Nobel laureate, Professor Wole Soyinka, has described former president, General Olusegun Obasanjo, as an irredeemable hypocrite and a liar who takes delight in denigrating people.
Soyinka, in his reply to the attack on him by Obasanjo in his latest controversial book, My Watch, pillories Obasanjo for invoking God all the time and wonders whether Obasanjo actually believes in such an entity, given his recourse to lying compulsively.
“Our Owu retiree soldier and prolific author is an infliction that those of us who share the same era and nation space must learn to endure,” Soyinka writes.
Obasanjo has a “capacity for infantile mischief.”
Soyinka describes him as “master of mendacity,” writer of ‘ignoble fabrication’ and an “indefatigable peddler of lies.”
“I despise humanity whose stock-in-trade is to concoct lies simply to score a point, win an argument, puff up his or her own ego, denigrate or attempt to destroy a fellow being. However, even within such deplorable species, a special pit of universal opprobrium is reserved for those who even lack the courage of their own lies, but must foist them on others.” The high-point of Soyinka’s diatribe is a succinct comparison of Obasanjo to Olowo-aiye, a character in D.O. Fagunwa’s novel.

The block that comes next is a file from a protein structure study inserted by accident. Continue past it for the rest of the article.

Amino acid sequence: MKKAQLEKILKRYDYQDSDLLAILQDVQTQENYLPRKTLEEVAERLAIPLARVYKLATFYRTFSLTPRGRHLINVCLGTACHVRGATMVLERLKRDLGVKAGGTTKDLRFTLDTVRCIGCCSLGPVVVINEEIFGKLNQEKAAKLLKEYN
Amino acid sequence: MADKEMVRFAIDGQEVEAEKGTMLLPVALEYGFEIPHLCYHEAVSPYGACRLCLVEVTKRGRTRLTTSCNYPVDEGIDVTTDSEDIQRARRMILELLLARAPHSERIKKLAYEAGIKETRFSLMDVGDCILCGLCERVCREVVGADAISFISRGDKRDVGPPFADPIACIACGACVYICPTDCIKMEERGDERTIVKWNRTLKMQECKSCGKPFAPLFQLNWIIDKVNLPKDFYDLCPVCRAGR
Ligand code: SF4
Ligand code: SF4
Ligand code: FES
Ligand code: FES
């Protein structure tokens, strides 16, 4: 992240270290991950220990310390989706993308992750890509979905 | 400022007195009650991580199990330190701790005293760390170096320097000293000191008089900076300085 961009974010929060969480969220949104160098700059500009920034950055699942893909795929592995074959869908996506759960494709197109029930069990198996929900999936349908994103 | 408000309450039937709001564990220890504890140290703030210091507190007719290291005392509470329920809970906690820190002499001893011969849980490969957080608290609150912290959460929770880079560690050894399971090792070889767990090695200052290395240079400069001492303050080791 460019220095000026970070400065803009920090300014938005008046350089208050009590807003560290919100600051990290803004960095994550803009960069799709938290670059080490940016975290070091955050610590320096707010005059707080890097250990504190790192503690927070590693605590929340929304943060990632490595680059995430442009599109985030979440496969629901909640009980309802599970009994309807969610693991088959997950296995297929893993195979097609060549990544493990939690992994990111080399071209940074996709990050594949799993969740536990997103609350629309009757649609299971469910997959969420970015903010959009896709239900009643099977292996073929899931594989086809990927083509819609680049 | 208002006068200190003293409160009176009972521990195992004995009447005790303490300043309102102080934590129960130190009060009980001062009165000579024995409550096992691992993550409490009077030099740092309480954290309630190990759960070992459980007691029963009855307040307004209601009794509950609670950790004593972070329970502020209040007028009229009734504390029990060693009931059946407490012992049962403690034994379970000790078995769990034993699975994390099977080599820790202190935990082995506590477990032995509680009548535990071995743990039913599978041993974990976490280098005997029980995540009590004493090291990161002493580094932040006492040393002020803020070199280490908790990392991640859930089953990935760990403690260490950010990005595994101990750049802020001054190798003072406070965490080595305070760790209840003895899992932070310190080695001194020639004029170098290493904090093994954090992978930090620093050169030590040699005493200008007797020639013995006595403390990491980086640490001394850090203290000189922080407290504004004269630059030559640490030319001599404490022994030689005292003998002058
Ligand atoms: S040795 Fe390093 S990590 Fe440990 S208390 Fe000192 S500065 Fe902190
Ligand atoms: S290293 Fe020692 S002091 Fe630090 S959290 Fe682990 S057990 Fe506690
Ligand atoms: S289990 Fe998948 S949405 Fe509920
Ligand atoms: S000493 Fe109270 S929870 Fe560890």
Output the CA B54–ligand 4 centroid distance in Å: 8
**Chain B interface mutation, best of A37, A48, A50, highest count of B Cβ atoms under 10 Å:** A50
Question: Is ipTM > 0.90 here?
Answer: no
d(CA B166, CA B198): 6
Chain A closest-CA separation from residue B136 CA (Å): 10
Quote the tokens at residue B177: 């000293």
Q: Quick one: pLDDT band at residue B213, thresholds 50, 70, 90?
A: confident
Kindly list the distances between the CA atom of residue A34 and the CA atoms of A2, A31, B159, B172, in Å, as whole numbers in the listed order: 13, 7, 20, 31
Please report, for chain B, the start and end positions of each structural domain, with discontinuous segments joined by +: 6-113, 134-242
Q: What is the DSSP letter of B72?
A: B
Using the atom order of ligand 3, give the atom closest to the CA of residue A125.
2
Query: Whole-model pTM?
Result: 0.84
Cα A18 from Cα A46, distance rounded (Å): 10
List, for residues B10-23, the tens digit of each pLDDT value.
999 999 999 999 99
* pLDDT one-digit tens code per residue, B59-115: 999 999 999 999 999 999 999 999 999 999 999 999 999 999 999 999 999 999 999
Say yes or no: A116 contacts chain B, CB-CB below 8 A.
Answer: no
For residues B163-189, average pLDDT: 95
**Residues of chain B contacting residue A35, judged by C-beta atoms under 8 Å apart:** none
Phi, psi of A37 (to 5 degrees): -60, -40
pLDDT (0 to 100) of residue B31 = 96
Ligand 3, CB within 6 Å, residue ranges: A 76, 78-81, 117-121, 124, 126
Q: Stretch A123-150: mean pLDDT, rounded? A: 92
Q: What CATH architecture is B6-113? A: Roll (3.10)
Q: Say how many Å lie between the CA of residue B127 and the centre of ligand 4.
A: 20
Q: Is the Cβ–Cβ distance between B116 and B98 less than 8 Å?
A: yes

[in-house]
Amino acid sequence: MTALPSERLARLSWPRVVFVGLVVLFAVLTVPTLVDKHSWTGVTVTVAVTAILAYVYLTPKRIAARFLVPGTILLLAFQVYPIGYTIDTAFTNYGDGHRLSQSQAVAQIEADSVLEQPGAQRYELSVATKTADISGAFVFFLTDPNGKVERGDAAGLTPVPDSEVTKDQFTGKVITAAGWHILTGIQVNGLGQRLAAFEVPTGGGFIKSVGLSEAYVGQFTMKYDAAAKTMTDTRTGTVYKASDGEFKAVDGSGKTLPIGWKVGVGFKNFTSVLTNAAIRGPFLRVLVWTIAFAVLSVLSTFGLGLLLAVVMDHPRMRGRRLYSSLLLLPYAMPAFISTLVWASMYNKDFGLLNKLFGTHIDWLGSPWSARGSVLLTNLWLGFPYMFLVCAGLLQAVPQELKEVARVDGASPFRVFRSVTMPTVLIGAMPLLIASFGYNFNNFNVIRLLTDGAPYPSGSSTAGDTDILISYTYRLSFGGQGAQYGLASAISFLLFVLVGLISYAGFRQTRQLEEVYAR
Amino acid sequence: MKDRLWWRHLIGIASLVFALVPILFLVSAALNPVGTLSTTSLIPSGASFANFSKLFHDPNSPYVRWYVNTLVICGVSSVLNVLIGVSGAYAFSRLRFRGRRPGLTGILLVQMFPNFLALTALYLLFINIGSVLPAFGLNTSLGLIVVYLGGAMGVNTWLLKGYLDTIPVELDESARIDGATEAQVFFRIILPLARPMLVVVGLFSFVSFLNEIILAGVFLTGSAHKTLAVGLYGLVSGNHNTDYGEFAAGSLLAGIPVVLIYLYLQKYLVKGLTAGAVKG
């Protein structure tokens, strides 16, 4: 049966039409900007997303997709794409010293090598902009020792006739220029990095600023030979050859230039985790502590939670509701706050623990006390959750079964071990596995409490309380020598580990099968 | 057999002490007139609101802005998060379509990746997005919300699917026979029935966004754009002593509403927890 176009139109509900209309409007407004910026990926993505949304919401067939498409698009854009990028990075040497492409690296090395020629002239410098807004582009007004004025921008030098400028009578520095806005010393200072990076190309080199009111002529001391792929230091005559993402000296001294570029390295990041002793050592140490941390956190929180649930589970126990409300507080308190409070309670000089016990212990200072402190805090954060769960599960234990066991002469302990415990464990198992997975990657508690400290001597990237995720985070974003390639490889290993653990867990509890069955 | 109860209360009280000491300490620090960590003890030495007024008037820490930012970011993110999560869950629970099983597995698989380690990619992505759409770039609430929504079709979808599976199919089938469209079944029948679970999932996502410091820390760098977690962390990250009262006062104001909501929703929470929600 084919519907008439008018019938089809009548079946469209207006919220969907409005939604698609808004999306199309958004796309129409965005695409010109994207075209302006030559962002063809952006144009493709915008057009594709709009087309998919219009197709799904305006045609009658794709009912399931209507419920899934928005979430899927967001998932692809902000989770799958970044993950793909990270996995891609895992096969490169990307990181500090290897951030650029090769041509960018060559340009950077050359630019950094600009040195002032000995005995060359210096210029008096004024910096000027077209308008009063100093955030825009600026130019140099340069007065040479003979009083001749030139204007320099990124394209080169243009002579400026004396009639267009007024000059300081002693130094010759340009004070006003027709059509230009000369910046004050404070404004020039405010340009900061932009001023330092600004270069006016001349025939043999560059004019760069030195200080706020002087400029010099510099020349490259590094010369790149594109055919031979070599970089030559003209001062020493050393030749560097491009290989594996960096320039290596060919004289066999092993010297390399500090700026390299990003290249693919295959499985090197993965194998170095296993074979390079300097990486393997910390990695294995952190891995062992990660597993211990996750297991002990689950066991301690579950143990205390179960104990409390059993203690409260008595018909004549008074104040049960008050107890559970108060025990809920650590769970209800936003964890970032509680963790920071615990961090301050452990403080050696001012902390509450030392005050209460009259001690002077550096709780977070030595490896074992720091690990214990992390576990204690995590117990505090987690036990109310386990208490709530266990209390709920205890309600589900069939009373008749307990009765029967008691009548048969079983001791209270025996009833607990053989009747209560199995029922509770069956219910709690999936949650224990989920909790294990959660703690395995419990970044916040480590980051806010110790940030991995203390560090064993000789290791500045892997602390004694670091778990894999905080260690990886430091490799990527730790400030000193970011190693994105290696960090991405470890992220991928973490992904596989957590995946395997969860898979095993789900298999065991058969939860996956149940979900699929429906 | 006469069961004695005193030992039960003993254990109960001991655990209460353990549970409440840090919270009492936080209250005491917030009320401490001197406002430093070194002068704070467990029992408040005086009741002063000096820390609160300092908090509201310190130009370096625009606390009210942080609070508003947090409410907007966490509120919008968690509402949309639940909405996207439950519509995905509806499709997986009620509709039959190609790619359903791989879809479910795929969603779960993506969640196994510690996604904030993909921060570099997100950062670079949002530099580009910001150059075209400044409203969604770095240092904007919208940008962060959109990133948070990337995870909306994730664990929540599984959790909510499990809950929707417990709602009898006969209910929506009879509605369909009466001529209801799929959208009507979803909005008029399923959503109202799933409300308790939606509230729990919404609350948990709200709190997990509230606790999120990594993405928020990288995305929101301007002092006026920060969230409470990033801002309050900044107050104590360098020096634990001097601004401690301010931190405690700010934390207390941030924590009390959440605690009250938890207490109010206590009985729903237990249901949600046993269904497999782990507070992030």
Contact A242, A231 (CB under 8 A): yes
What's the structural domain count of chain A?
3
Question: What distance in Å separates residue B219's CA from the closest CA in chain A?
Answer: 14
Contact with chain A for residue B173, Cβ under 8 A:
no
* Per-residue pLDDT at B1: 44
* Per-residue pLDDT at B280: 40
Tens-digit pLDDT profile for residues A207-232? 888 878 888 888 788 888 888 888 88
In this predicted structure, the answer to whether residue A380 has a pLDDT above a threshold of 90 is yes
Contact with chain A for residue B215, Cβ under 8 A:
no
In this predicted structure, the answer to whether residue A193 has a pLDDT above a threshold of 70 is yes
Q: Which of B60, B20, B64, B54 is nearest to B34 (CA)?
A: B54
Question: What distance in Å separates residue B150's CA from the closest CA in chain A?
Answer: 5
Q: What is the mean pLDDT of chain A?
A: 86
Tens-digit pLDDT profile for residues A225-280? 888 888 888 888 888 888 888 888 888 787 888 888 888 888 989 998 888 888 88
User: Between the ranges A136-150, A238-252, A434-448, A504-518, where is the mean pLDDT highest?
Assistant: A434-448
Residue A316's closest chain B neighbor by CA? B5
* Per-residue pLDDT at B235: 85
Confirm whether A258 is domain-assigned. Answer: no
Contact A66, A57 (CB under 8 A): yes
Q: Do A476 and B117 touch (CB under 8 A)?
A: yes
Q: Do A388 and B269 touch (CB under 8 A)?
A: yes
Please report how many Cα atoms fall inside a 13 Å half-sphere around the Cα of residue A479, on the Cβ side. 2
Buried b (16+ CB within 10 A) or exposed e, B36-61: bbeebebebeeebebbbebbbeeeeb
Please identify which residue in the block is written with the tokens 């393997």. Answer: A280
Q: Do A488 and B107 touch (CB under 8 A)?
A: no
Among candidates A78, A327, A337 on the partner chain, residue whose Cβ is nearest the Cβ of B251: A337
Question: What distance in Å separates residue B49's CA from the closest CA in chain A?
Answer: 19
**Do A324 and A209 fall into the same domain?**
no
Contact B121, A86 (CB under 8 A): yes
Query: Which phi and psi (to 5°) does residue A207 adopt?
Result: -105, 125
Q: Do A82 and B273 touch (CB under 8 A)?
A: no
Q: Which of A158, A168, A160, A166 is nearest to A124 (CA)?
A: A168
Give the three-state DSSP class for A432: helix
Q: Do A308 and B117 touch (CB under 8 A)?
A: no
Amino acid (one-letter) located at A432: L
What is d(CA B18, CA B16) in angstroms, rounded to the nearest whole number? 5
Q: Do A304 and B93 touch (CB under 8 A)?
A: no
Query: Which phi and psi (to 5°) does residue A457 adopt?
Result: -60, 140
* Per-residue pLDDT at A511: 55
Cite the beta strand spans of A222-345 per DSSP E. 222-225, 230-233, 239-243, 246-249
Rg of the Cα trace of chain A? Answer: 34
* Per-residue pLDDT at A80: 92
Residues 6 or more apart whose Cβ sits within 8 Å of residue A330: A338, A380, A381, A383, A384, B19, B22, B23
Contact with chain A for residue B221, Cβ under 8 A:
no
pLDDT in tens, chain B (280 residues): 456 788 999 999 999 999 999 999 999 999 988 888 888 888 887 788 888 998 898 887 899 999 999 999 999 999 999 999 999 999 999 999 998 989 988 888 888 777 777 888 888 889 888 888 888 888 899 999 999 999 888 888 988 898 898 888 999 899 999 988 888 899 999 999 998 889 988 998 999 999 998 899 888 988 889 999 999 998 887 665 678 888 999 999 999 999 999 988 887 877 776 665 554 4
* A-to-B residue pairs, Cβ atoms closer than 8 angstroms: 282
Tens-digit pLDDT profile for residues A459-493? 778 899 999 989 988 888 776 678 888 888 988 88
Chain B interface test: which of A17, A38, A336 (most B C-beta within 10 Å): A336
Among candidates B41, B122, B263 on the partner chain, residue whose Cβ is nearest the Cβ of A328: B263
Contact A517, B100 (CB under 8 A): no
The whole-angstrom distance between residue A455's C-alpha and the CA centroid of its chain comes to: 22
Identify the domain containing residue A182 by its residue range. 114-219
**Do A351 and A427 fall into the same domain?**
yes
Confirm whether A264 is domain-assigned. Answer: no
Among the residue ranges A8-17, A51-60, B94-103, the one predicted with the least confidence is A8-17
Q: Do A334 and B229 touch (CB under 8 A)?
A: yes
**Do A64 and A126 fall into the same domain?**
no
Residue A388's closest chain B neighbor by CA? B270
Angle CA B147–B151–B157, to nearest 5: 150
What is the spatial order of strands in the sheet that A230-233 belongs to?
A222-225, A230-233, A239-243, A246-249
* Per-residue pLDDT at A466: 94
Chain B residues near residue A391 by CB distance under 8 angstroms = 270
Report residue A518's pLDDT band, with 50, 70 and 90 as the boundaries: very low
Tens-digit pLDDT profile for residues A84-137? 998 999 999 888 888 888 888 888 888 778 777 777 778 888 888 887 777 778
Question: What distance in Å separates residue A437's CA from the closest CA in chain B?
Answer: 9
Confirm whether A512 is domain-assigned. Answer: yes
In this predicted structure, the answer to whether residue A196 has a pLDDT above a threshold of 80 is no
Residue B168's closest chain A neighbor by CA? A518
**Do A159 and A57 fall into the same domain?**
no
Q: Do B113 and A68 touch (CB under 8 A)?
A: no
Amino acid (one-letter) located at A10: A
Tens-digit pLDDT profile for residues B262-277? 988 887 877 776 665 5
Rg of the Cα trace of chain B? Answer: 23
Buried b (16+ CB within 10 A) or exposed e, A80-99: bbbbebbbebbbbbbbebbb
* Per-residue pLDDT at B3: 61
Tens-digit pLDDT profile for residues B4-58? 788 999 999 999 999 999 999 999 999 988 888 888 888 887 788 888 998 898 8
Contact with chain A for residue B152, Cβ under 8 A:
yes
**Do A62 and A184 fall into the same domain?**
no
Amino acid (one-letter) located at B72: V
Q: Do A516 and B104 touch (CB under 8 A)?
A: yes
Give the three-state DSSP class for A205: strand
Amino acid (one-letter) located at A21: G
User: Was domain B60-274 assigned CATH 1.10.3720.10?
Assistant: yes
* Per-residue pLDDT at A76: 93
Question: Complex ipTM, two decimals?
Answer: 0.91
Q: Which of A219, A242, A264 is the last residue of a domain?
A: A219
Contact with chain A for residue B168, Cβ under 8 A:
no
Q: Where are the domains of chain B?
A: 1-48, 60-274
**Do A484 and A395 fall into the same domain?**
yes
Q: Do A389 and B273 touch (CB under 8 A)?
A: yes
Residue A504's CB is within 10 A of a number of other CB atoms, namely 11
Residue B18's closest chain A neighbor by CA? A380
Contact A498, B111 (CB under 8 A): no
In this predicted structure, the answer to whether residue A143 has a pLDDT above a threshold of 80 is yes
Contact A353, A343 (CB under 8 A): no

Soyinka says he has been brief and mild because of the interventions of some mutual friends and this traditional season of goodwill.
Here is the full text of Soyinka’s response to Obasanjo titled: WATCH AND PRAY, WATCH AND PREY! :
“I had fully attuned myself to the fact that our Owu retiree soldier and prolific author is an infliction that those of us who share the same era and nation space must learn to endure. However, it does appear that there is no end to this individual’s capacity for infantile mischief, and for needless, mind-boggling provocations, such as his recent ‘literary’ intrusion on my peace.